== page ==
Lending smart through transparency
But growth itself isn’t the only indicator of an MFI’s success. This notion underpins the team’s second key guideline, namely that the solution needs to give MFIs the means—chiefly through more transparent business intelligence—to drive smarter growth. On a business strategy level, MFIs need to ensure that their lending product portfolio is aligned with the needs of their served markets. The salient point is that while the size of their loans tends to be small, seeing the “big picture” gives microlenders the insight they need to formulate faster growth strategies.

The other key dimension of intelligence for MFIs is finding a way to gauge the humanitarian impact of their microlending activities, or more specifically: Are we reaching the kind of people we’re trying to reach? Are we moving people out of poverty? Are we keeping people out of poverty? While for many MFIs the ability to measure against mission is of humanitarian significance, it also has important implications on their ability to grow. That’s because MFIs that can prove their effectiveness stand a better chance of attracting the external funding needed to make more loans. Like all major expenditures, developing the new banking solution required Conard to gain approval internally, from Grameen Foundation’s senior management and board. Perhaps more importantly, Conard needed to sell it to specific donors, whose targeted funding would pay for the project. It’s a decision-making climate, Conard explains, that feels a lot like a startup. “Our donors are always open to new ideas that help [MFIs] achieve that mission,” says Conard. “But in every instance, we need to justify those investments to our funding sources.” Drawing on broad input from across the Grameen Foundation network about the need for such a solution, Conard and his team made a convincing case. Conard attributes much of the success of the project to the team’s decision to embed the input of an actual MFI—India-based Grameen Koota, whose profile made it a de facto proxy for the kind of MFI the foundation was trying to help—directly into the design process. “Grameen Koota functioned almost as a joint development partner,” says Conard. “Their input was essential, from defining the solution’s functionality to improving its usability.”

Transforming microfinance
What came out of the effort is a suite of open-source microfinance banking applications known collectively as Mifos. Delivered either as a cloud-based service or standalone software, Mifos brings core banking capabilities to the hamlets and villages that had never seen it before—and it’s transforming the microfinance experience for both borrowers and lenders. For the group of women who applied for a loan after discussing it together at their village’s “center meeting,” it means receiving approval and getting their money not in a matter of months or weeks, but days. For the MFI whose loan officer traveled by motorcycle out to their village to take their application, having a more streamlined process is just the beginning of the benefits. Through Mifos, MFIs can view upto-the-minute reports on their current cash balances, the status of individual borrowers and other key parameters, and from that information make the right kind of lending decisions. Because it was designed for maximum flexibility, Mifos also makes it far easier—and faster—for MFIs to introduce new products and services, and thus optimize their portfolio for maximum growth. In the same way, the flexibility of Mifos also facilitates the creation of new branches, which represents the single most effective way of expanding access of much-needed capital in remote areas. Grameen Koota, which has used Mifos since its introduction, is a testament to its effectiveness. It now serves some 450,000 customers and is on track to reach its goal of two million within five years.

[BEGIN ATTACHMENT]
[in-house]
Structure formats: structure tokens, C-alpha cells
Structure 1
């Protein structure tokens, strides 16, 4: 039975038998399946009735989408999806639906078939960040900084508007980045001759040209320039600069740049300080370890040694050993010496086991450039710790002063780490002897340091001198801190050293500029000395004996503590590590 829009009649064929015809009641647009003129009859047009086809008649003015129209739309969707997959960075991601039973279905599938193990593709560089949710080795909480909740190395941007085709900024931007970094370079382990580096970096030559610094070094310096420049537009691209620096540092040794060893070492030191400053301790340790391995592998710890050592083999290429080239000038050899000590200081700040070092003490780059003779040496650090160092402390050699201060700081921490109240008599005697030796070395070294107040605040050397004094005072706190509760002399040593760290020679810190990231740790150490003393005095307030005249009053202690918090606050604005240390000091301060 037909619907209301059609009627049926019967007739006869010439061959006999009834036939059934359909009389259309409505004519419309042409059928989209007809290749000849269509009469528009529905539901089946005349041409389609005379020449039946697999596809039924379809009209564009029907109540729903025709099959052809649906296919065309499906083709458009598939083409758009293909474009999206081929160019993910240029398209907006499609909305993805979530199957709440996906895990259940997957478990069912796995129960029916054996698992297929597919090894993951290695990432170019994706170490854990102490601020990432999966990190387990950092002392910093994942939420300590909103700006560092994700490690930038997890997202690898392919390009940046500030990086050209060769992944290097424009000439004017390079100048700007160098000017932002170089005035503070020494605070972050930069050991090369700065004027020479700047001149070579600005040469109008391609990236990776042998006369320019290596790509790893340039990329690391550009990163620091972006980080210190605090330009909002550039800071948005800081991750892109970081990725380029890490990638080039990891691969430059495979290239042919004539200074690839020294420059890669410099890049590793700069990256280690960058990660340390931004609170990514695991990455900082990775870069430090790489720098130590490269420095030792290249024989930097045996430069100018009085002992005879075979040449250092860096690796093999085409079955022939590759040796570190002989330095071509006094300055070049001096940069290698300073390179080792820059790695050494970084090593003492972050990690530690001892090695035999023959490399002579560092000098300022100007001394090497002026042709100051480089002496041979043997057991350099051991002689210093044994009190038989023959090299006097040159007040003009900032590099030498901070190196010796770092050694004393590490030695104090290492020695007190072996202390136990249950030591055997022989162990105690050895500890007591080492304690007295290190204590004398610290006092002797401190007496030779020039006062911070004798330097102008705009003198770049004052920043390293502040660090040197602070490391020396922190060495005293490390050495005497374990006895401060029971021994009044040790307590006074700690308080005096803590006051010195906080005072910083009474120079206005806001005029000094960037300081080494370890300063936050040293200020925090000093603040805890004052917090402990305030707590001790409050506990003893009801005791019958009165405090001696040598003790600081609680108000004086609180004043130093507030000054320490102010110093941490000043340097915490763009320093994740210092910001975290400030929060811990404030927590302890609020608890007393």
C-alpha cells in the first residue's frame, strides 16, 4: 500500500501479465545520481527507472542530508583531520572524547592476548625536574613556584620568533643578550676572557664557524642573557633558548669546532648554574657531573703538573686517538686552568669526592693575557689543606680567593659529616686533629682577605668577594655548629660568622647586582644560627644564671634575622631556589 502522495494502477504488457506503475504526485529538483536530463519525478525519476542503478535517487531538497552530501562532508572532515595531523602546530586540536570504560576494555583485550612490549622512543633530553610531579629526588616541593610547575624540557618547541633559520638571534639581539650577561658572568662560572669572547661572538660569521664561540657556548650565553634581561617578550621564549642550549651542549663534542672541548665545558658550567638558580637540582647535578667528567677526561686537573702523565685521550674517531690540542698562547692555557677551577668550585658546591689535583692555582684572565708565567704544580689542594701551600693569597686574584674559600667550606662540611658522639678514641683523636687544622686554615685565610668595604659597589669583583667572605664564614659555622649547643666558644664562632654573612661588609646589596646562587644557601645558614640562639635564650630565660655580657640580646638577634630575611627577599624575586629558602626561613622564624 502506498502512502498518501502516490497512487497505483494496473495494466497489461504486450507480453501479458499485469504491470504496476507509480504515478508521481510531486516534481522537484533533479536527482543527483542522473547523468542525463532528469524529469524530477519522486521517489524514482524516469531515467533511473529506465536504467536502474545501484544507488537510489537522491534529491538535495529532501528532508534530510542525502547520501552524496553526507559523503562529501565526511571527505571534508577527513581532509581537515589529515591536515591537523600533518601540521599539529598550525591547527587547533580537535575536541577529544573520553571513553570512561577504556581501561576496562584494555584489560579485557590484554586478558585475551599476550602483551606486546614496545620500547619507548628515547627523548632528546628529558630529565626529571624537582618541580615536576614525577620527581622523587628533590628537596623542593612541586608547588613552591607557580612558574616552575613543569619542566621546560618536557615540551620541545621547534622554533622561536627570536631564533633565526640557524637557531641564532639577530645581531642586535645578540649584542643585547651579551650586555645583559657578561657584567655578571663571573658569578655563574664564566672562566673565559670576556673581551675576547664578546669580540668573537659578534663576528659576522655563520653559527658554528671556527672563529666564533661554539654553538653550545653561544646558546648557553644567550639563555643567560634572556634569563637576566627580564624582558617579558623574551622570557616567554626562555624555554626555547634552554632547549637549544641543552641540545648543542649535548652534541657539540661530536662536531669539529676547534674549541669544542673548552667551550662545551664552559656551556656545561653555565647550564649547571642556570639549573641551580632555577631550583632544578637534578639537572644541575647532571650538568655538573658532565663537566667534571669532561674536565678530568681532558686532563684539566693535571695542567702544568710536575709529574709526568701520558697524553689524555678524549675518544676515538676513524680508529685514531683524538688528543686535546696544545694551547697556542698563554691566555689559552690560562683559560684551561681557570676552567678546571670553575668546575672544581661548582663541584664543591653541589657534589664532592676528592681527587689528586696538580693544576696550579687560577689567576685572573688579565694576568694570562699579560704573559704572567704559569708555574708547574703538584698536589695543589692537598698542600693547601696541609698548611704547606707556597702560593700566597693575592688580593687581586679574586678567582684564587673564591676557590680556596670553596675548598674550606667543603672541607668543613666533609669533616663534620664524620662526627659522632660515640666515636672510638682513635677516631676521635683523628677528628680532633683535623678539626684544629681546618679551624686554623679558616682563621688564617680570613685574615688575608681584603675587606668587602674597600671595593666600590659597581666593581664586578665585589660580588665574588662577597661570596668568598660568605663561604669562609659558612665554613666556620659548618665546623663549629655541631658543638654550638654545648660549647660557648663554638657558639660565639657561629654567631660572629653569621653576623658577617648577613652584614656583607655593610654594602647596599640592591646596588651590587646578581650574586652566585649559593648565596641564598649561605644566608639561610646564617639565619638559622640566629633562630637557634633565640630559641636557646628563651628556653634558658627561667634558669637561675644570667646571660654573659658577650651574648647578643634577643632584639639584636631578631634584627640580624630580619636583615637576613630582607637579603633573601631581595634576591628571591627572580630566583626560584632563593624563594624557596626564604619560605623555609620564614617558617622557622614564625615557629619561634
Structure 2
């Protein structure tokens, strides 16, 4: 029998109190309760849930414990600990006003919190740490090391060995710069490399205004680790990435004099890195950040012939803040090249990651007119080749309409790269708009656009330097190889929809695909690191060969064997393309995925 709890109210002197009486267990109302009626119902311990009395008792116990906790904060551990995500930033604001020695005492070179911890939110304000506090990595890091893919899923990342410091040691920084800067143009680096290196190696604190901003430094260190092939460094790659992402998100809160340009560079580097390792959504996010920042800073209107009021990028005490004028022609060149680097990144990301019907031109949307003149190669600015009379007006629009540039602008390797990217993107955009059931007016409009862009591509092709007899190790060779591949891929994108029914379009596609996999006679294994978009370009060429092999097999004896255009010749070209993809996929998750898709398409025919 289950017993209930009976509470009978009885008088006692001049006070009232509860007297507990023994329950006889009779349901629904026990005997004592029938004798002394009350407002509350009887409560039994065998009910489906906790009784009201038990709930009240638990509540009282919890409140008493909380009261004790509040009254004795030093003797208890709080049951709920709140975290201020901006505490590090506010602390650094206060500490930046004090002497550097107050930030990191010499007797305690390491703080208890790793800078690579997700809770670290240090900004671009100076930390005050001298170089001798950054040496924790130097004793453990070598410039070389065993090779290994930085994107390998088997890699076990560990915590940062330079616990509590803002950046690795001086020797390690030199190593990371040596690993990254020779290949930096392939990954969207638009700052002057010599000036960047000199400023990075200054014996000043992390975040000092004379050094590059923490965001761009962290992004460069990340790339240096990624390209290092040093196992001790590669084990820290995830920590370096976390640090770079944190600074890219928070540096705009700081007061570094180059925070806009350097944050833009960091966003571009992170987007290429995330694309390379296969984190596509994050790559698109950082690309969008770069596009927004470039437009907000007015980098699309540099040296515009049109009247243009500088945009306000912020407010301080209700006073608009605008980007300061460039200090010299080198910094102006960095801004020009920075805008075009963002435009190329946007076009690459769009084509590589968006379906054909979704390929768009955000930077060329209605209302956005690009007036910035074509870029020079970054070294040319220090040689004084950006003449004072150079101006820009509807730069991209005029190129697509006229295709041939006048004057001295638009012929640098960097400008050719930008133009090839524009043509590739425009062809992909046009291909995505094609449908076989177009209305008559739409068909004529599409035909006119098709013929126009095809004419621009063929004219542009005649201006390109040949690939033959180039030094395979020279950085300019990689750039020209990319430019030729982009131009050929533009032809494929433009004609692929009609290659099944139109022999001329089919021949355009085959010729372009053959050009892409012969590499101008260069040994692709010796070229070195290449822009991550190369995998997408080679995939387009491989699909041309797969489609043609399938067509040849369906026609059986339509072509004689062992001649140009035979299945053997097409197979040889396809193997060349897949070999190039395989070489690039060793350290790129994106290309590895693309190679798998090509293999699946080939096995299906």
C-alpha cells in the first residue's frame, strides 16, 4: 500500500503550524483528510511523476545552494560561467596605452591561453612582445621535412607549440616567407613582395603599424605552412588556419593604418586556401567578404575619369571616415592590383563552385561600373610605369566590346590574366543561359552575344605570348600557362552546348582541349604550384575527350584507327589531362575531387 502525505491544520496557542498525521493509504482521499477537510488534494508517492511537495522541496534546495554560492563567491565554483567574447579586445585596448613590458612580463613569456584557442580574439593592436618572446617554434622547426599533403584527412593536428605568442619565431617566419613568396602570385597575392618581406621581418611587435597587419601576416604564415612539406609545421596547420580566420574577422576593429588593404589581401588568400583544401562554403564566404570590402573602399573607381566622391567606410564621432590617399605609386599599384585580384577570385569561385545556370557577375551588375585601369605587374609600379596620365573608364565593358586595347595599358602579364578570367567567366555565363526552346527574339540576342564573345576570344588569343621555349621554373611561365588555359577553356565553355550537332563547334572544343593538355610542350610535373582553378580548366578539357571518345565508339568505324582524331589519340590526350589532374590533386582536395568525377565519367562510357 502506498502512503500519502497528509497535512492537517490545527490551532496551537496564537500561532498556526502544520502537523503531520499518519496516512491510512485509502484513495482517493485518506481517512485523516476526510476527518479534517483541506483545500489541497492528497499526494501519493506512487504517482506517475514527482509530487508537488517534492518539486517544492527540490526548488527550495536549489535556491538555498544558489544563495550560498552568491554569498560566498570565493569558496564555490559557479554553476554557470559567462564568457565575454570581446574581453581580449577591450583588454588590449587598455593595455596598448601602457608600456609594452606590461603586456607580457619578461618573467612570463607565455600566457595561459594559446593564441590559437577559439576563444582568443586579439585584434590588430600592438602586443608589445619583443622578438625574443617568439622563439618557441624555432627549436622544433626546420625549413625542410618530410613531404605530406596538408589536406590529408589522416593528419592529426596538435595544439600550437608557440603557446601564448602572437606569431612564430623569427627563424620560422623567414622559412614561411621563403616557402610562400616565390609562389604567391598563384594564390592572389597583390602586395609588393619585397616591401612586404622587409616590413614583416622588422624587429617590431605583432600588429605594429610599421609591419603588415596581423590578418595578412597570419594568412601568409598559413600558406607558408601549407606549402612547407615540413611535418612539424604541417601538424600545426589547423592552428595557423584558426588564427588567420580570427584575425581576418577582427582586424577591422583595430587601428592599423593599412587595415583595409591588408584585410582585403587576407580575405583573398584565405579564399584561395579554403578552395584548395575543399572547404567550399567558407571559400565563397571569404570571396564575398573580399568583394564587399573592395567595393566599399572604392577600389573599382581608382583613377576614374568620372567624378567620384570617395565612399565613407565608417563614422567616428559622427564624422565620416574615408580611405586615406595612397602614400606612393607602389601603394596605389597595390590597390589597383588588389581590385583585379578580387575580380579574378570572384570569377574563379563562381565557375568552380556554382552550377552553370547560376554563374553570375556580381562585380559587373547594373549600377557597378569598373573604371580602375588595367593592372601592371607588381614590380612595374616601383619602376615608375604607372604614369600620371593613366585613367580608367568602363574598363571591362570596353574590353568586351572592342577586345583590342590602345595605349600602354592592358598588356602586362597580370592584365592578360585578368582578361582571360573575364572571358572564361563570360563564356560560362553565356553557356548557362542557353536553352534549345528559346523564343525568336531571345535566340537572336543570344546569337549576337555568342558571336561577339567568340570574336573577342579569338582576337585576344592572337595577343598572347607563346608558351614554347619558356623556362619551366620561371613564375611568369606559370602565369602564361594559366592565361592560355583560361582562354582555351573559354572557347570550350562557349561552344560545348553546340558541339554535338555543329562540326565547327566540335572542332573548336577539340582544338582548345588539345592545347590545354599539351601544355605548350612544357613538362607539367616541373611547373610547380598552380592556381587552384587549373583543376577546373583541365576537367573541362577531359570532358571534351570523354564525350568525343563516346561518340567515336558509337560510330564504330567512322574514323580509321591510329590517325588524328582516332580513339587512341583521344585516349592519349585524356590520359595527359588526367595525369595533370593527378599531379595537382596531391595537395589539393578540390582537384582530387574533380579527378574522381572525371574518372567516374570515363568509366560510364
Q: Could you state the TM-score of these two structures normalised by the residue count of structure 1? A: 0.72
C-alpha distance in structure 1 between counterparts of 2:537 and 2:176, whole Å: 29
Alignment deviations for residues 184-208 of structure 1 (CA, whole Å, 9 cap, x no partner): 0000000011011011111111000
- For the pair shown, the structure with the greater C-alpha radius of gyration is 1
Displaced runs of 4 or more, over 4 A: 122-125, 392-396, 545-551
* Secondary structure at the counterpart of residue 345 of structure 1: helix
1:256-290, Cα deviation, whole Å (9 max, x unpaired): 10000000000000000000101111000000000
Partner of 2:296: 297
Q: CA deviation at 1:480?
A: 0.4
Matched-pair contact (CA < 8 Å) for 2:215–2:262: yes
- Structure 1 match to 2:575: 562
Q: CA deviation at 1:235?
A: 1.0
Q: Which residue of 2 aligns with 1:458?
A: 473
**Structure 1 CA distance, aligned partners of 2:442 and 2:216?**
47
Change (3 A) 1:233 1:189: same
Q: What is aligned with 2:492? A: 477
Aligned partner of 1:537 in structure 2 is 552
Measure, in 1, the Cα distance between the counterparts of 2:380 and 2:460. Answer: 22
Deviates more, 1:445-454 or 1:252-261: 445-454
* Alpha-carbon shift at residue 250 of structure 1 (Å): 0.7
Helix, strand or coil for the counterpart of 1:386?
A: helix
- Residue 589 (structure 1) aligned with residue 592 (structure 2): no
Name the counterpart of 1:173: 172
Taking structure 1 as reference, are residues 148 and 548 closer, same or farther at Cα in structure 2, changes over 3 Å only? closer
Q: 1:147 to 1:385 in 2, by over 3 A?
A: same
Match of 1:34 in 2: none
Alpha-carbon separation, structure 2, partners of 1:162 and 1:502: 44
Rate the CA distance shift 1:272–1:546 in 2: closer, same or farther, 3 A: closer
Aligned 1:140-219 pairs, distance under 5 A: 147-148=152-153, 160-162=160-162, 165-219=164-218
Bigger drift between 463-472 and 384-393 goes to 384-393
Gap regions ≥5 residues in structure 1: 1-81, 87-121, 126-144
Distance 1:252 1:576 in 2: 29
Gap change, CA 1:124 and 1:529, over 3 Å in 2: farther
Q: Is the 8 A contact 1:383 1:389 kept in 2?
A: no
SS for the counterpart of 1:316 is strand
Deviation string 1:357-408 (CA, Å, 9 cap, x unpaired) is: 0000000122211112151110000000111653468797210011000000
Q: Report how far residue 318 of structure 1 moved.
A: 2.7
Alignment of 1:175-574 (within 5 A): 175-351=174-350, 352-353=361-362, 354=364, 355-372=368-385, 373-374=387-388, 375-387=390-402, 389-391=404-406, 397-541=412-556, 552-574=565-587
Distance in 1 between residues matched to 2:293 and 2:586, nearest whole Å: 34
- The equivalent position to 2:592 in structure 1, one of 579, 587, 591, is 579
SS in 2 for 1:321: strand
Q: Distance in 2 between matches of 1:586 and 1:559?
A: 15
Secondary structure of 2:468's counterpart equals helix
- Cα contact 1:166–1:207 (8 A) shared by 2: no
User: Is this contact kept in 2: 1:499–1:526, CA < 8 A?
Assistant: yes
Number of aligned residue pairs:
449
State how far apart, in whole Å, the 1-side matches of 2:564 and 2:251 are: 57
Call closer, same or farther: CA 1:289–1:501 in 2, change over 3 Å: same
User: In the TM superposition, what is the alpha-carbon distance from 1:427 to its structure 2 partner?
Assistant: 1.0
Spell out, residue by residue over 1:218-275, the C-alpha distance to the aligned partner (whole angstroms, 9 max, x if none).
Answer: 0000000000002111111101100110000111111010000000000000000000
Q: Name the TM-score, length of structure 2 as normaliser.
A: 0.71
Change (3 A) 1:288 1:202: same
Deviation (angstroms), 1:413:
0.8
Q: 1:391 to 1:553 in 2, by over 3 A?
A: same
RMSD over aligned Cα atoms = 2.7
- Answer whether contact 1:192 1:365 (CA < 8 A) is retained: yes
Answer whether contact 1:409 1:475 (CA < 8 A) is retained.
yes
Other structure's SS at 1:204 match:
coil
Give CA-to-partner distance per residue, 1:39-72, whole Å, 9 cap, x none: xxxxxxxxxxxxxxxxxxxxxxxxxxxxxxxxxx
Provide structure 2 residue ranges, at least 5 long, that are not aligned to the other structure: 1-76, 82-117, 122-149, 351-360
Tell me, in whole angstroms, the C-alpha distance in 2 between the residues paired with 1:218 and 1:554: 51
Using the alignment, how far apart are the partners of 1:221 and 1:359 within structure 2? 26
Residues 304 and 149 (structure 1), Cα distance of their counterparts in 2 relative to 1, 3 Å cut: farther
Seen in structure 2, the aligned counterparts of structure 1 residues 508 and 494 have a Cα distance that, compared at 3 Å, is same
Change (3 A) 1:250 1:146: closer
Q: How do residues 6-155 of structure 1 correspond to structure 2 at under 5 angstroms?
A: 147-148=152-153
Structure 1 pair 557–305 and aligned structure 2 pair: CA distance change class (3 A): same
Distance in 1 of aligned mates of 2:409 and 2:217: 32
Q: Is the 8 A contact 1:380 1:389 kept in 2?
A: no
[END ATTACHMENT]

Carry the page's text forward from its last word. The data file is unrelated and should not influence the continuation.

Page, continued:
All in all, what most distinguishes Mifos as revolutionary in the world of microfinance is the transparency it has introduced where both operational and strategic information—due to fragmentation and inadequate tools—has long been opaque. Suresh Krishna, managing director of Grameen Financial Services (Grameen Koota’s parent company), sees this transparency as playing an important role in fueling his company’s growth. “Microfinance is about connecting the world’s poor to the global financial system in a practical, sustainable way,”
says Krishna. “Mifos makes us far better able to do that than before.”

Grameen Foundation: The parameters of smarter microfinance

  • Instrumented: Microlending transactions are fed directly into the Mifos solution, providing real-time access to cash balances.
  • Interconnected: Mifos unifies MFI information across all branches, enabling a holistic, up-to-the-minute view of microlending activities and trends.
  • Intelligent: Mifos provides MFIs with the insights and reporting they need to align their product and branch strategies with diverse and changing client needs, and enables them to measure and track their progress toward their social mission.

Small loans, big progress
Mifos has also introduced transparency in the way MFIs measure themselves against their poverty reduction goals. Using a statistical model developed by the Grameen Foundation known as the Progress out of Poverty Index™ (PPI™), Mifos gives MFIs the ability to “score” their clients on key poverty indicators, create profiles and track them over time. In the same way that “evidence-based” medical practices are designed to help doctors deliver the most effective treatments to patients, Mifos provides MFIs with the means to adjust different parts of their business to better serve their clients and succeed at their social missions. Of the countless MFI success stories across the developing world, that of Marie-Claire Ayurwanda shows that the life impacts of microfinancing are profound and long-lasting. With the profits from her successful restaurant, she’s putting her children through school, thus putting them on their own path to success, and hopes to expand her Village Phone business. To George Conard, stories like Marie-Claire’s serve as a powerful inspiration to help MFIs—and their clients—succeed. “Our bottom line is getting people out of poverty,” says Conard. “We’re showing that technology can be a big part of that equation.”

Grameen Foundation’s microfinance banking solution is…